THE SECOND BUDGET 8 JULY 2015
With the Conservatives having been in Government for the last five years the circumstances are different this time, but nonetheless within two weeks of his party winning the General Election on 7 May, Chancellor George Osborne announced that he would hold a ‘Stability Budget’ on 8 July because, in his words, ‘I don’t want to wait to turn the promises we made in the Election into a reality’.
Although many commentators expected the Conservatives to be the largest party following the May 2015 General Election, few predicted that they would win enough seats to be able to form an overall majority government and have the power to implement their manifesto in full. The Second Budget has provided the Chancellor with an opportunity to introduce measures on tax, spending and borrowing that he might not have been able to enact while in Government with his Coalition partners at the time of the Spring Budget on 18 March.
CHANCELLOR UNVEILS ‘NEW SETTLEMENT FROM A ONE- NATION GOVERNMENT’
Delivering the first Conservative-only Budget in nearly 20 years, Chancellor George Osborne announced a series of bold measures affecting business, tax and welfare in his 2015 Second Budget.
Heralding the Second Budget as a ‘big Budget for a country with big ambitions’, the Chancellor unveiled his announcements with the stated aim of moving from a ‘low wage, high tax, high welfare economy to the higher wage, lower tax, lower welfare country we intend to create’.
Acknowledging the ongoing risks posed by the global economy, the Chancellor reported that the Office for Budget Responsibility had revised down its economic growth forecast to 2.4% for 2015 and announced that a budget surplus will now be reached a year later than planned, in 2019/20.
In a series of moves designed to incentivise UK businesses, the Chancellor announced future reductions in corporation tax to 18%. The Annual Investment Allowance will be set at £200,000 from 1 January 2016, while the Employment Allowance will be increased by 50% to £3,000 from April 2016. Meanwhile, a new apprenticeships levy will be applied to all large firms.
Key announcements on personal taxation include an increase in the basic income tax personal allowance threshold to £11,000 next year, and a rise in the basic rate limit to £32,000. The pensions tax relief annual allowance for the highest earners will be reduced from next year, and a new Green Paper will propose radical changes to the pension saving system.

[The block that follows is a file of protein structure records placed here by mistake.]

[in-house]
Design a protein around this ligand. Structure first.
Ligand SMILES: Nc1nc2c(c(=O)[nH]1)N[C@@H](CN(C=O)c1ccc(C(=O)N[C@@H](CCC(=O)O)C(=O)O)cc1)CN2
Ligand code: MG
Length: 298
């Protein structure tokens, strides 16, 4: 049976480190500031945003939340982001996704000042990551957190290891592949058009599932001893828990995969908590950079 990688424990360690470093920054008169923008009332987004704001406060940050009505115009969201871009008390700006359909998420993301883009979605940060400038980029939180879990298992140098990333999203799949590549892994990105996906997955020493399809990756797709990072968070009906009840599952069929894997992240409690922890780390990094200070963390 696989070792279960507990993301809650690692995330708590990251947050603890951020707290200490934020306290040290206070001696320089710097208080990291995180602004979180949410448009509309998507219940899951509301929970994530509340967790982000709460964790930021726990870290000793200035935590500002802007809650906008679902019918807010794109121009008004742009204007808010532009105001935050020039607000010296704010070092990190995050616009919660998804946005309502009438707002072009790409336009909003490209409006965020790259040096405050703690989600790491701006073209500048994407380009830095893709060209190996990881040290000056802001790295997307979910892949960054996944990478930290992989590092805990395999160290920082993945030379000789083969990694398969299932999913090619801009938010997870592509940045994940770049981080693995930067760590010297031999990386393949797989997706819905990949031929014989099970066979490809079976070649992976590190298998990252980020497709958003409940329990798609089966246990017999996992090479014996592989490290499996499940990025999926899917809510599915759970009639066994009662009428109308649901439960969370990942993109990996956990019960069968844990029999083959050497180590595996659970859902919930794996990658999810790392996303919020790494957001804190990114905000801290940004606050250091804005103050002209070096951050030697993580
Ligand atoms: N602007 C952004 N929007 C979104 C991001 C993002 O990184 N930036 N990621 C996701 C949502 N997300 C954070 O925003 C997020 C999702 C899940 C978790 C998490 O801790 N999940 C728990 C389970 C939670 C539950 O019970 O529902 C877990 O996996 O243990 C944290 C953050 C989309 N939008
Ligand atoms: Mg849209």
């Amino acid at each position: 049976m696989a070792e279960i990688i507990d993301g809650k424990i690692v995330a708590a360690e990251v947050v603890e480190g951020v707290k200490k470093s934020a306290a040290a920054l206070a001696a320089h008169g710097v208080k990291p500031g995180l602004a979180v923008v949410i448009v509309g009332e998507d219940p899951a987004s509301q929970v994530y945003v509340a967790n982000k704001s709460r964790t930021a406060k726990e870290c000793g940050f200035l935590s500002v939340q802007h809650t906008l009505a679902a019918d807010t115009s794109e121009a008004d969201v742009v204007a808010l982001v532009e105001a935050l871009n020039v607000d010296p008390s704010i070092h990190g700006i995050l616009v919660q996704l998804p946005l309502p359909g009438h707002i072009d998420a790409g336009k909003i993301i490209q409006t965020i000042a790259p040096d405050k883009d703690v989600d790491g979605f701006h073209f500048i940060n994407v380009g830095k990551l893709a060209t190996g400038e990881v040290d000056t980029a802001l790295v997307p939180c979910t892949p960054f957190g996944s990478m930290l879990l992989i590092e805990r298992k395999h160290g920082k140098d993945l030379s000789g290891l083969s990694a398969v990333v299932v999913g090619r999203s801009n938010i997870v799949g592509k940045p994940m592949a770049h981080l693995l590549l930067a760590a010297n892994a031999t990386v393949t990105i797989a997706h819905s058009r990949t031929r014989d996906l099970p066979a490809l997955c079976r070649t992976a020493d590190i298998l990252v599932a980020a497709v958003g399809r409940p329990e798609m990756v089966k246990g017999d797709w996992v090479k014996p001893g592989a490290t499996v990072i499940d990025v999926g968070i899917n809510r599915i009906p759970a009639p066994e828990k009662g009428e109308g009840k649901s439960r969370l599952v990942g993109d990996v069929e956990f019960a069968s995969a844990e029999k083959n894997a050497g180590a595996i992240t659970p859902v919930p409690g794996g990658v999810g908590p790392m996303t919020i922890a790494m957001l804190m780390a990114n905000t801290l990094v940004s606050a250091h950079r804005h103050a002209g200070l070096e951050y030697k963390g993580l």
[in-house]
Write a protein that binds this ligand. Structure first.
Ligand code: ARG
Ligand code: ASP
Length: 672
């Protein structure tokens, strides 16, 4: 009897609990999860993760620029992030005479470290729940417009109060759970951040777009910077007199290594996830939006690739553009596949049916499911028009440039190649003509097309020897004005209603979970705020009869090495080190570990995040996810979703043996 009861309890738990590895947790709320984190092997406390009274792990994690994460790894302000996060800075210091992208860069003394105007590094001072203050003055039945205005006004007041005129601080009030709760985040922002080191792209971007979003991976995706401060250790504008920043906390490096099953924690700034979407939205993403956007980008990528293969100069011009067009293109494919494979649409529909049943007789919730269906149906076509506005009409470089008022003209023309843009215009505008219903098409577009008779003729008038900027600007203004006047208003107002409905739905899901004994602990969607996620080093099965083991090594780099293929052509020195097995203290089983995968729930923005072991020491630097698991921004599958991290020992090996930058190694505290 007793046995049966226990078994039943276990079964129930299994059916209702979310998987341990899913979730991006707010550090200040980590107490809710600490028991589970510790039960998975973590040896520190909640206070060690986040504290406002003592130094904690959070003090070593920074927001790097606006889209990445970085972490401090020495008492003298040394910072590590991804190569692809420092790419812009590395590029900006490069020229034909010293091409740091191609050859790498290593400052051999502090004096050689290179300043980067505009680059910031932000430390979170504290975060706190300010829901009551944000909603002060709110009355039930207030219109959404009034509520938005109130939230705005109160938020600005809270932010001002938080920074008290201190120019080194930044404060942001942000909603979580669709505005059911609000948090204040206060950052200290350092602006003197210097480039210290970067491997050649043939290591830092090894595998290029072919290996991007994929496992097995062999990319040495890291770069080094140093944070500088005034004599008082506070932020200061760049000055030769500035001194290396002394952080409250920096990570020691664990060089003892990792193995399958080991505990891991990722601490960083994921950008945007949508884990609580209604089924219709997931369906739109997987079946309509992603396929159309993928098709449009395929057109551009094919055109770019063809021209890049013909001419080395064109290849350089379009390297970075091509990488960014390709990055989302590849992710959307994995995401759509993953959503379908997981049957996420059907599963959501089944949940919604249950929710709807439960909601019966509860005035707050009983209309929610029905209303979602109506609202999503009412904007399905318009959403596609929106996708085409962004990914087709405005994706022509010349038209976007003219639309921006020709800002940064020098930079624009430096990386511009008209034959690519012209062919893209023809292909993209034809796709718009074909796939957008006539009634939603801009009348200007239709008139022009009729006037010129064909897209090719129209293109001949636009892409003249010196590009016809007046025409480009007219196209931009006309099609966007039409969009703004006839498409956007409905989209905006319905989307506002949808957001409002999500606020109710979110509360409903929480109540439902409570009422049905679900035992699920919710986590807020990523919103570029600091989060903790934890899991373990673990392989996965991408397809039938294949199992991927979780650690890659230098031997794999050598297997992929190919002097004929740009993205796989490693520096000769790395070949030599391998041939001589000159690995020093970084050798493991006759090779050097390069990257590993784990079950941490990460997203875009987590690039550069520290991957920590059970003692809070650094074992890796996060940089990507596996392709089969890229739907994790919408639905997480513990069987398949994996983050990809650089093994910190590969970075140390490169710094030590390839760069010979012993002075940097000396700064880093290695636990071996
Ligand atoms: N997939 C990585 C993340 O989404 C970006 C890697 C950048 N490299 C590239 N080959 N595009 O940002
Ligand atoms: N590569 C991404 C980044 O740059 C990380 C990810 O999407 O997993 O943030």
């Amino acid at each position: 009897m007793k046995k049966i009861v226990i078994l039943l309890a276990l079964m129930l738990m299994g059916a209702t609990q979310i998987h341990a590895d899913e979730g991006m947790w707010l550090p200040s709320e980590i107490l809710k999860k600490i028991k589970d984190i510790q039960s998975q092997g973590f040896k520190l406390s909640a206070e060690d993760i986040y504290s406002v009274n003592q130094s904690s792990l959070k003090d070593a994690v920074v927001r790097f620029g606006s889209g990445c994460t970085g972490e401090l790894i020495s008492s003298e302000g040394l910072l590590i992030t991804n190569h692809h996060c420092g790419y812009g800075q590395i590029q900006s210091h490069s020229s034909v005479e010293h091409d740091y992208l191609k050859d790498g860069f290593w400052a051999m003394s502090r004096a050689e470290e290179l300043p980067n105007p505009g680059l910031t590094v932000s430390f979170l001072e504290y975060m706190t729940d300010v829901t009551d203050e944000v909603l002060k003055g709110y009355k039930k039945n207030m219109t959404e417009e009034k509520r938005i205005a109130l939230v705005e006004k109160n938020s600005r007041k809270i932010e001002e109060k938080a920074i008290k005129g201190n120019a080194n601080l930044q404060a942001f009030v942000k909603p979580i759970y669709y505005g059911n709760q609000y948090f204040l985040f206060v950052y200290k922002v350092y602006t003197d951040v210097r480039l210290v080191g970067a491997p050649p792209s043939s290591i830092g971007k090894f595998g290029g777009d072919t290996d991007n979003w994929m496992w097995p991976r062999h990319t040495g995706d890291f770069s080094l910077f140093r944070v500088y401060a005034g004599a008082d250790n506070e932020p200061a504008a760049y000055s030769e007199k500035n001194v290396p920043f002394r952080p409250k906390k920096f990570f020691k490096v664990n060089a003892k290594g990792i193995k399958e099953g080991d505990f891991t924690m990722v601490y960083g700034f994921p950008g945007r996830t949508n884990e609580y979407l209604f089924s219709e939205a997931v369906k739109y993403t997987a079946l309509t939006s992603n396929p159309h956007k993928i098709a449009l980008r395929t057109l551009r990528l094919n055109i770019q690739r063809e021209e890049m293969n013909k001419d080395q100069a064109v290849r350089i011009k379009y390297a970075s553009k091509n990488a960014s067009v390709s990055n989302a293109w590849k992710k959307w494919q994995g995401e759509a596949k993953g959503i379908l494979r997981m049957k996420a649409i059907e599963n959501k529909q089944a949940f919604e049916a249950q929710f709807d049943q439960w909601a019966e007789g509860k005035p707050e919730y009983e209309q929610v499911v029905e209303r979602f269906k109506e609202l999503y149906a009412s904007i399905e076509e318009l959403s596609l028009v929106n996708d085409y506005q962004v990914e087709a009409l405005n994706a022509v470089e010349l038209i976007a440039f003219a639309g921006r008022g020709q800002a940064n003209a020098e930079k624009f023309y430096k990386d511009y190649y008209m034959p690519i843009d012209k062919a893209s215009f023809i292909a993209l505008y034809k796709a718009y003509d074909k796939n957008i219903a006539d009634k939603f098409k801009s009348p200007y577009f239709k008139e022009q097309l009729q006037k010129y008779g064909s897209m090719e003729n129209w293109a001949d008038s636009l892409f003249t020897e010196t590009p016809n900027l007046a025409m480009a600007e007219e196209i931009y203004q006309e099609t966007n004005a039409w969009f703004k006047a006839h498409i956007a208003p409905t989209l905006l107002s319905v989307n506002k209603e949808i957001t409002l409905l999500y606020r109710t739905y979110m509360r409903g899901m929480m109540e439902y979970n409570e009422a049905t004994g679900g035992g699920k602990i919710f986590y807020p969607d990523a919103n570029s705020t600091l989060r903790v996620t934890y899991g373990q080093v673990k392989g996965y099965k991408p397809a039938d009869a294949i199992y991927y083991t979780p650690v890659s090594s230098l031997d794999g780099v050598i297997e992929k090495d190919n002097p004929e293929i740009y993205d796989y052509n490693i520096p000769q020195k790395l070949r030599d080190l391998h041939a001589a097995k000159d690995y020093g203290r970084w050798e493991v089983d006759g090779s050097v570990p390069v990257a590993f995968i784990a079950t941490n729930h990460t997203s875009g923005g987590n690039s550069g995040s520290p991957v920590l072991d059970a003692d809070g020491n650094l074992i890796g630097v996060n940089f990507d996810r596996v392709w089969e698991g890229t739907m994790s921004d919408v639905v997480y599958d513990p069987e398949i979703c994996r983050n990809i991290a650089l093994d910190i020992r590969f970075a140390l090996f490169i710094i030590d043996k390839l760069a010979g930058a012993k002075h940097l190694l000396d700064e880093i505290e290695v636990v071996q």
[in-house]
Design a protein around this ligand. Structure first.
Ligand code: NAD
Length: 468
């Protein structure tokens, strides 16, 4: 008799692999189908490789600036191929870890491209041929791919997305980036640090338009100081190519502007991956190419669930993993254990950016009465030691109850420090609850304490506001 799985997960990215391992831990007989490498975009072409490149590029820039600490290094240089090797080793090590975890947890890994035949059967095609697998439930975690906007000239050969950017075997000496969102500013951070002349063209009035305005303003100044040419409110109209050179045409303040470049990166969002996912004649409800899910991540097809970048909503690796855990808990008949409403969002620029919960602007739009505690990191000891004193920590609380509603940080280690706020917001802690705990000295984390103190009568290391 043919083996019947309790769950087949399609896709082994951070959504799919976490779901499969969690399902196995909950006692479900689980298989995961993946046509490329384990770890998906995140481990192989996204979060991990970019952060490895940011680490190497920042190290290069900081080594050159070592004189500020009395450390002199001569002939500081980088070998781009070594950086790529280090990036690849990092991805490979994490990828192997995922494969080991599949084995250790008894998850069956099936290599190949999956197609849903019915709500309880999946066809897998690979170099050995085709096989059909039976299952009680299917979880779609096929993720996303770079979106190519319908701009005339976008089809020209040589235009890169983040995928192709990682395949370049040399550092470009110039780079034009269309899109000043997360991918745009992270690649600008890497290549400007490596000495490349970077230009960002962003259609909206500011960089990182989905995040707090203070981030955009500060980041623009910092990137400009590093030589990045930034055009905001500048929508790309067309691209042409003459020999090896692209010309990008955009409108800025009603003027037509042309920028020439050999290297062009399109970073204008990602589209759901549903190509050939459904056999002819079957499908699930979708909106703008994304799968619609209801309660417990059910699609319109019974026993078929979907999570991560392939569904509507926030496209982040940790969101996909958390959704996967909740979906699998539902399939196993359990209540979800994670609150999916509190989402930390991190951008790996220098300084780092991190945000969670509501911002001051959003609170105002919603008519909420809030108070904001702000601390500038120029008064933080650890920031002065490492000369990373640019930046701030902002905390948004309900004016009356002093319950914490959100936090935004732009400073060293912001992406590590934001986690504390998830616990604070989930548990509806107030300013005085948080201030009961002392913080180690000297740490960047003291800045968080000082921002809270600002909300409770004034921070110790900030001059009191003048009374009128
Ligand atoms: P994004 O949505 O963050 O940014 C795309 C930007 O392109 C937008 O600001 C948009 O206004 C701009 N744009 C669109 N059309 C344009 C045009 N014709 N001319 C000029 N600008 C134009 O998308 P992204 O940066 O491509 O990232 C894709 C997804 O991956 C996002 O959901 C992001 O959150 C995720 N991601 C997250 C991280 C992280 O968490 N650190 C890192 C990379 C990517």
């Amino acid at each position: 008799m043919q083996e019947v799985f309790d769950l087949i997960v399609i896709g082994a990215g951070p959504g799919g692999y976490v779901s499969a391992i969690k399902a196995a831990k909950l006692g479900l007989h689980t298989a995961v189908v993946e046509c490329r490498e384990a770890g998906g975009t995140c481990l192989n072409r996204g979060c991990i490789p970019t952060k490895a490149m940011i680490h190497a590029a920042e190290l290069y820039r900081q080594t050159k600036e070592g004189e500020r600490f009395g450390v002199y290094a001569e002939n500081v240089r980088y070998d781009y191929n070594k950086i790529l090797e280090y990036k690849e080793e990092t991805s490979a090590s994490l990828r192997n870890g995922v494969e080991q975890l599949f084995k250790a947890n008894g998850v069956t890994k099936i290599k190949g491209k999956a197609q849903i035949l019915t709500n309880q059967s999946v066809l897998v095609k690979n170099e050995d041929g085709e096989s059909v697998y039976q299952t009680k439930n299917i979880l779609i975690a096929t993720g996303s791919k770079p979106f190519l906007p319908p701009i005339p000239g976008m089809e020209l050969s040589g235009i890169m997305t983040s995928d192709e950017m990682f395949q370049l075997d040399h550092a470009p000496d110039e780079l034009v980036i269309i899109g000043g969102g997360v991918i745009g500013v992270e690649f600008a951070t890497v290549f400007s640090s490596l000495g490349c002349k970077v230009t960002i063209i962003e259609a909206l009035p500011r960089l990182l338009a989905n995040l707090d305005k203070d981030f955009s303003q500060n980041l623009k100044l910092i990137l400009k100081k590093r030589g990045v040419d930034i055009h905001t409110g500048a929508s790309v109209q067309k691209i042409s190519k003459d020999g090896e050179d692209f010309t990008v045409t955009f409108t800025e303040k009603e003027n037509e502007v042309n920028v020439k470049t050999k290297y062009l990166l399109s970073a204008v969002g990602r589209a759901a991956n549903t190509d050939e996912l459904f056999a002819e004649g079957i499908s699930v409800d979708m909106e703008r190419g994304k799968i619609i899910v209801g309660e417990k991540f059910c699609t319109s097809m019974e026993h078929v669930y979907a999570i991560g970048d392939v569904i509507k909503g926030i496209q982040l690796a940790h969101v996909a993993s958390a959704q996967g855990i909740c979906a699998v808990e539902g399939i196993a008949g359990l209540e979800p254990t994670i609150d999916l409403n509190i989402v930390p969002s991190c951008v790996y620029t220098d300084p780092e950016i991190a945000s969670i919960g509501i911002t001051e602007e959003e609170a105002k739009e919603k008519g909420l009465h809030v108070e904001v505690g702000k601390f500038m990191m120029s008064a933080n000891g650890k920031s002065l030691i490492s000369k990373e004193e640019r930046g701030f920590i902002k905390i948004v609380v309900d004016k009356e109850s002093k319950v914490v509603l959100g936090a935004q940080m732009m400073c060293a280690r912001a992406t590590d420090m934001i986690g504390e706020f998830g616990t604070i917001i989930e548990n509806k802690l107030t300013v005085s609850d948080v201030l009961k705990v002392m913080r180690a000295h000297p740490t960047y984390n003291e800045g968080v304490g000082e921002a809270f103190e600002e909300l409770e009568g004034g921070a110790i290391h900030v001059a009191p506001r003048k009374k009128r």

A new, compulsory National Living Wage will apply for those aged 25 and above from next April, while working parents will receive up to 30 hours a week of free childcare for 3-4 year olds from September 2017.
Changes to the inheritance tax rules will include a new main residence allowance starting at £100,000 and rising to £175,000 by 2021. This could allow families to pass on up to a total of £1m to their children without paying inheritance tax.
Further measures to clamp down on tax evasion and aggressive tax avoidance are expected to raise an additional £5bn and the Government will abolish permanent non-dom status from April 2017.
Other measures announced include a freeze in fuel duty for the remainder of the year, a planned relaxation of Sunday trading laws for England and Wales, and a new Roads Fund which will be supported by Vehicle Excise Duty.
- New inheritance tax allowance for main residence
- Future cut in corporation tax to 18%
- Annual Investment Allowance set at £200,000 from January 2016
- Employment Allowance increased to £3,000 from April 2016
- Personal allowance to rise to £11,000 from April 2016
- New National Living Wage from April 2016
- Permanent non-dom status to be abolished from April 2017
- Pensions tax relief annual allowance to be reduced from next year
- New fiscal charter to commit Government to a budget surplus
WELFARE REFORM – SOME KEY MEASURES
- A freezing of working-age benefits, including tax credits and Local Housing Allowance, for a period of four years from 2016/17 (excluding Maternity Allowance, maternity pay, paternity pay and sick pay)
- A reduction in the household benefit cap to £20,000 (£23,000 in London)
- Support through Child Tax Credit to be limited to two children, for those born from April 2017
- A new requirement for those aged 18 to 21 who are on Universal Credit to apply for an apprenticeship or traineeship, gain work-based skills, or go on a work placement six months after the start of their claim
- A reduction in rents for social housing by 1% a year for four years, and a requirement for tenants on higher incomes (over £40,000 in London and over £30,000 outside London) to pay market rate, or near market rate, rents.